ps or similar tools you will only get the amount of memory pages allocated by that process. This number is correct, but:
does not reflect the actual amount of memory used by the application, only the amount of memory reserved for it
can be misleading if pages are shared, for example by several threads or by using dynamically linked libraries
If you really want to know what amount of memory your application actually uses, you need to run it within a profiler. For example, Valgrind can give you insights about the amount of memory used, and, more importantly, about possible memory leaks in your program. The heap profiler tool of Valgrind is called 'massif':
Massif is a heap profiler. It performs detailed heap profiling by taking regular snapshots of a program's heap. It produces a graph showing heap usage over time, including information about which parts of the program are responsible for the most memory allocations. The graph is supplemented by a text or HTML file that includes more information for determining where the most memory is being allocated. Massif runs programs about 20x slower than normal.
As explained in the Valgrind documentation, you need to run the program through Valgrind:
valgrind --tool=massif <executable> <arguments>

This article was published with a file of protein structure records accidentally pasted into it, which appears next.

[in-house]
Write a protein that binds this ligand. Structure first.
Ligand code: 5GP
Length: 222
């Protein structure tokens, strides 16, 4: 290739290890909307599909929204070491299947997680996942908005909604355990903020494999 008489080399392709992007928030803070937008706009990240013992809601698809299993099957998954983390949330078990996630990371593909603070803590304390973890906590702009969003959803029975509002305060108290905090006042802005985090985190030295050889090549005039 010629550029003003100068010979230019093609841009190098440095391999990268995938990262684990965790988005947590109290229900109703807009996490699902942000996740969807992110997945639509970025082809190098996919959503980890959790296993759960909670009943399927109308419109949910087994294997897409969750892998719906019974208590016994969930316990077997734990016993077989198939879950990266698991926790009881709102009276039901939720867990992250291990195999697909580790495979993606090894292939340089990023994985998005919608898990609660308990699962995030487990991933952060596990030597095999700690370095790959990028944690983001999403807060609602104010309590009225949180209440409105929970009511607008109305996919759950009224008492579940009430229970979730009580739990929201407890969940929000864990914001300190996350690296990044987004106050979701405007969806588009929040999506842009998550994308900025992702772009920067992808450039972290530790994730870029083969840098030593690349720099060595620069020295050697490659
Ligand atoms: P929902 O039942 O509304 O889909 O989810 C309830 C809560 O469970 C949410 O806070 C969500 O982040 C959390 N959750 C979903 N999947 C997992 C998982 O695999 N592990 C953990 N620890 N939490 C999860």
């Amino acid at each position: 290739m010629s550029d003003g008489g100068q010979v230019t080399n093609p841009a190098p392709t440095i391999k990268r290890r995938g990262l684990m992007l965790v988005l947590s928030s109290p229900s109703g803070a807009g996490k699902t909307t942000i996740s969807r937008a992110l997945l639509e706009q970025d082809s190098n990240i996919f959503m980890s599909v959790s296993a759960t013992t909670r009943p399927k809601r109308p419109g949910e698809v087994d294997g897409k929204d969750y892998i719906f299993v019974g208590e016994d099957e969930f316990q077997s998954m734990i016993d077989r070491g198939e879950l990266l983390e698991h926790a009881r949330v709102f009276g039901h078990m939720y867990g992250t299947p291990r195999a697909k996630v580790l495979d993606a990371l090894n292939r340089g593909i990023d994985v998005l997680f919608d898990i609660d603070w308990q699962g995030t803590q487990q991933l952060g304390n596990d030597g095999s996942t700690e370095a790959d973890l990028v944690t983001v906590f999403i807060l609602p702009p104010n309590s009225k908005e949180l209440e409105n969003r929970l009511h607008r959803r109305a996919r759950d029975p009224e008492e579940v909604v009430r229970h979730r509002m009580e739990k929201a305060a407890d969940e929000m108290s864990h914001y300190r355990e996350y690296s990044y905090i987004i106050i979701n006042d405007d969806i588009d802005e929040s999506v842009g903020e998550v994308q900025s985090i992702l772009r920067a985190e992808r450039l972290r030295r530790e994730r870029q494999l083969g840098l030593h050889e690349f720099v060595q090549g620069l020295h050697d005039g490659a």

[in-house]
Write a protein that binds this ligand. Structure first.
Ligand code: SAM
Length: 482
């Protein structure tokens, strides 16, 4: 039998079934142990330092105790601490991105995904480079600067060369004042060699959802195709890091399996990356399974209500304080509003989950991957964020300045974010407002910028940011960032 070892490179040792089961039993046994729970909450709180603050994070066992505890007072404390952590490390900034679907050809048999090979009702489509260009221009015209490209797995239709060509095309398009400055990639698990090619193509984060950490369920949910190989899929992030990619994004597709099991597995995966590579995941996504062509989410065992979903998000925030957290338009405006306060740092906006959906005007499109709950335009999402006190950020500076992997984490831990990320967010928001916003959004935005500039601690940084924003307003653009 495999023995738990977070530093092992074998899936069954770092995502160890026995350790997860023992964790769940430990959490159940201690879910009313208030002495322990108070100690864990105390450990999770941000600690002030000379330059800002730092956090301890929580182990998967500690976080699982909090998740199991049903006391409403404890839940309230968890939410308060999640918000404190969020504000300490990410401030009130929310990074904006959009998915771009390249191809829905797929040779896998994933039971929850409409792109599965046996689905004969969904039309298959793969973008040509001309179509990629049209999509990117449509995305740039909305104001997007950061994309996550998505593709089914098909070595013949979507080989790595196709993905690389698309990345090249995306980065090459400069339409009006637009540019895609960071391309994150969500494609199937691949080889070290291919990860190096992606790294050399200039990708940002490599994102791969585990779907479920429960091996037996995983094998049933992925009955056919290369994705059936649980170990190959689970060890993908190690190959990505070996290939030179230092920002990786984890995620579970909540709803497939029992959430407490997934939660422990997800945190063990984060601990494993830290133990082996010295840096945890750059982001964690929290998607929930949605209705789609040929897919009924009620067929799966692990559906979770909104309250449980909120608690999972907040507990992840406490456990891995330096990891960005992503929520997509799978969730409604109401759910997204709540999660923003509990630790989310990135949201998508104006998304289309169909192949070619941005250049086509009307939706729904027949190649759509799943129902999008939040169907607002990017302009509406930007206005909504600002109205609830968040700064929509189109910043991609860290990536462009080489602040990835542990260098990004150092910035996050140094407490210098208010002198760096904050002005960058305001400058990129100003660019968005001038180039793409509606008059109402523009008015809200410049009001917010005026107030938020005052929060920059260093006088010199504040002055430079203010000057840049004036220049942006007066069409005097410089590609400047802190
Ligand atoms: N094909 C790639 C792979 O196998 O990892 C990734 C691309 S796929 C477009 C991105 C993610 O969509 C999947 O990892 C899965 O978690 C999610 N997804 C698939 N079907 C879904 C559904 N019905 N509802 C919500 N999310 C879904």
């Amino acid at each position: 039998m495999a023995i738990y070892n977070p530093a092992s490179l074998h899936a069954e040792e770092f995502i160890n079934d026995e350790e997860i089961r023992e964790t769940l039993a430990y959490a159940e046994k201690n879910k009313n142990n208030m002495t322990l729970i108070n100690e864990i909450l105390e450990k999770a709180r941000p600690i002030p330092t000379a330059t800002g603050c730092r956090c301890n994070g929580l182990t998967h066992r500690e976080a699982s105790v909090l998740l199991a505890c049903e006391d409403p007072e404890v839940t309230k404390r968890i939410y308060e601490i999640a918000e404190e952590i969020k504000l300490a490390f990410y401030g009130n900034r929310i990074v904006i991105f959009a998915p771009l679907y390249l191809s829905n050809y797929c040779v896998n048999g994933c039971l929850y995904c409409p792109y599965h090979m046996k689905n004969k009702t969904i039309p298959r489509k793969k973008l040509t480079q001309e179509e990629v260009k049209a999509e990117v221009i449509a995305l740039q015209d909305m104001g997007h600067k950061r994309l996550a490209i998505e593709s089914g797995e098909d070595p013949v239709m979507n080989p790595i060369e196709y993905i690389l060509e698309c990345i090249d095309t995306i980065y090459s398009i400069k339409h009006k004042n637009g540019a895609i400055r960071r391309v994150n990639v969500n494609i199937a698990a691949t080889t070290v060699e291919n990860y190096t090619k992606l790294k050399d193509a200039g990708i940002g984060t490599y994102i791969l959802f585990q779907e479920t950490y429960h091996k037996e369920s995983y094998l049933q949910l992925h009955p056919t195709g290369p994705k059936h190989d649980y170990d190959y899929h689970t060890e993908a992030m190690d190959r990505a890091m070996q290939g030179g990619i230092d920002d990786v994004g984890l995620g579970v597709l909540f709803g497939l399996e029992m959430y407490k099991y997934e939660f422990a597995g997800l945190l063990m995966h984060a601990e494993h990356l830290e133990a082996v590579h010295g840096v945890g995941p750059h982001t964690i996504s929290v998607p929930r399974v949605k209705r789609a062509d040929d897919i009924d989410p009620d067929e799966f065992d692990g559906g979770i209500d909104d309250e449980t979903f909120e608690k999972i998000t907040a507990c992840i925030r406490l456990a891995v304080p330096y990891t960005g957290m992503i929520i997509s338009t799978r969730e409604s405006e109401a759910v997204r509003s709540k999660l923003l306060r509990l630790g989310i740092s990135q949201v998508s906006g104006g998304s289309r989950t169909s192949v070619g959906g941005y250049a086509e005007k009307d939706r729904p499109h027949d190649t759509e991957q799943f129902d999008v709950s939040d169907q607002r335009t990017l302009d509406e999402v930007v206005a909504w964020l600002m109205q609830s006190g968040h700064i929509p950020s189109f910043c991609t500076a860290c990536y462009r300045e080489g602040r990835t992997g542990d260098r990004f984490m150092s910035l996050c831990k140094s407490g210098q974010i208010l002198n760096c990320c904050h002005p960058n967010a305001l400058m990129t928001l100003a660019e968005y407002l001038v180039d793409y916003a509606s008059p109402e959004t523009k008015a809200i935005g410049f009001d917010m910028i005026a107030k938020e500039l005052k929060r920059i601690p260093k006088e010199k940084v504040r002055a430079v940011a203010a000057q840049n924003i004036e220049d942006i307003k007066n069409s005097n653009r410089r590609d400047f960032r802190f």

Massif writes a dump of memory usage snapshots (e.g.
massif.out.12345). These provide, (1) a timeline of memory usage, (2) for each snapshot, a record of where in your program memory was allocated. A great graphical tool for analyzing these files is massif-visualizer. But I found
ms_print, a simple text-based tool shipped with Valgrind, to be of great help already.
To find memory leaks, use the (default)
memcheck tool of valgrind.
Both processes and threads are independent sequences of execution. The typical difference is that threads (of the same process) run in a shared memory space, while processes run in separate memory spaces.
I'm not sure what "hardware" vs "software" threads you might be referring to. Threads are an operating environment feature, rather than a CPU feature (though the CPU typically has operations that make threads efficient).
Erlang uses the term "process" because it does not expose a shared-memory multiprogramming model. Calling them "threads" would imply that they have shared memory.
How much management do you need? Just fork/exec? IPC? Resource management? Security contexts and process isolation?
I haven't used the Boost.Process library. However, I do know that getting included in Boost is a rather difficult affair. Boost recently accepted a futures library that had already been approved as part of the standard. However, getting into Boost wasn't a forgone conclusion. Another library recently did not make the cut. And although I think the criticisms are valid, I personally would be willing to use that library.